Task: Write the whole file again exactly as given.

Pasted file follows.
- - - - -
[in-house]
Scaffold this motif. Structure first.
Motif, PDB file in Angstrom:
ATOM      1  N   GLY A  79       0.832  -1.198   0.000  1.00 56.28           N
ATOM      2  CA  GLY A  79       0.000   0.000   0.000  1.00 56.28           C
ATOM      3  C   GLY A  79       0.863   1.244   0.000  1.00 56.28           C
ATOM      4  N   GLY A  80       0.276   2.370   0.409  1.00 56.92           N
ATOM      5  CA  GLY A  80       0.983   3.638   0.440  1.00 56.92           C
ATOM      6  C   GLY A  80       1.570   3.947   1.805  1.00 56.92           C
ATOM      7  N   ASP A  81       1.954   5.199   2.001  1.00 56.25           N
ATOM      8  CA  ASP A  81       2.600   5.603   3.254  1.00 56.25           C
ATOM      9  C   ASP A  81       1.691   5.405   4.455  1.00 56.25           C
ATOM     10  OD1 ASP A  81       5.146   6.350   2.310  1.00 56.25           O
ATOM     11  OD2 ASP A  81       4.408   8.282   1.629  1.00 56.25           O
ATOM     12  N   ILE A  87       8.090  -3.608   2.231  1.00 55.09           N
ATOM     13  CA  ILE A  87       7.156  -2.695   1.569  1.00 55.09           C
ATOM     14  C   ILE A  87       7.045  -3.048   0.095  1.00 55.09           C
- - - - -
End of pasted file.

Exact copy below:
[in-house]
Scaffold this motif. Structure first.
Motif, PDB file in Angstrom:
ATOM      1  N   GLY A  79       0.832  -1.198   0.000  1.00 56.28           N
ATOM      2  CA  GLY A  79       0.000   0.000   0.000  1.00 56.28           C
ATOM      3  C   GLY A  79       0.863   1.244   0.000  1.00 56.28           C
ATOM      4  N   GLY A  80       0.276   2.370   0.409  1.00 56.92           N
ATOM      5  CA  GLY A  80       0.983   3.638   0.440  1.00 56.92           C
ATOM      6  C   GLY A  80       1.570   3.947   1.805  1.00 56.92           C
ATOM      7  N   ASP A  81       1.954   5.199   2.001  1.00 56.25           N
ATOM      8  CA  ASP A  81       2.600   5.603   3.254  1.00 56.25           C
ATOM      9  C   ASP A  81       1.691   5.405   4.455  1.00 56.25           C
ATOM     10  OD1 ASP A  81       5.146   6.350   2.310  1.00 56.25           O
ATOM     11  OD2 ASP A  81       4.408   8.282   1.629  1.00 56.25           O
ATOM     12  N   ILE A  87       8.090  -3.608   2.231  1.00 55.09           N
ATOM     13  CA  ILE A  87       7.156  -2.695   1.569  1.00 55.09           C
ATOM     14  C   ILE A  87       7.045  -3.048   0.095  1.00 55.09           C